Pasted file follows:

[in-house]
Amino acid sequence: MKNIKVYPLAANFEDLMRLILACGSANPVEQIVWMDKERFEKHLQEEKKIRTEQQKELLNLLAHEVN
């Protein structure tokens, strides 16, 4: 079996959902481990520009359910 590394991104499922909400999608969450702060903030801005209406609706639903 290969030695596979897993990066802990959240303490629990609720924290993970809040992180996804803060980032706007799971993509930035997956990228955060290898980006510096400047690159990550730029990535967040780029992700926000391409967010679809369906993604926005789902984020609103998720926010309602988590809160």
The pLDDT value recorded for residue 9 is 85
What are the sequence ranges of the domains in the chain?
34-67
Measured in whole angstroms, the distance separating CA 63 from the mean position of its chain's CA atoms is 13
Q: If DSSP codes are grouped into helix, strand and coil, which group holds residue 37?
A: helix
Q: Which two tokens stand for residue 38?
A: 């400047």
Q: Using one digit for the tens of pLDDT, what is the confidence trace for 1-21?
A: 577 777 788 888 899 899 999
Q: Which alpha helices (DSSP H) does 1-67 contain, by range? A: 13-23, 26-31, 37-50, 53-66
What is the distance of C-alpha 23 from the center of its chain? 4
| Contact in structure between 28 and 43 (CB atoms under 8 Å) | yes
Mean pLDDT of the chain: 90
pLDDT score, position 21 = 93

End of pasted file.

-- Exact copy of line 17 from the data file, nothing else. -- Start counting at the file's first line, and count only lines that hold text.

Mean pLDDT of the chain: 90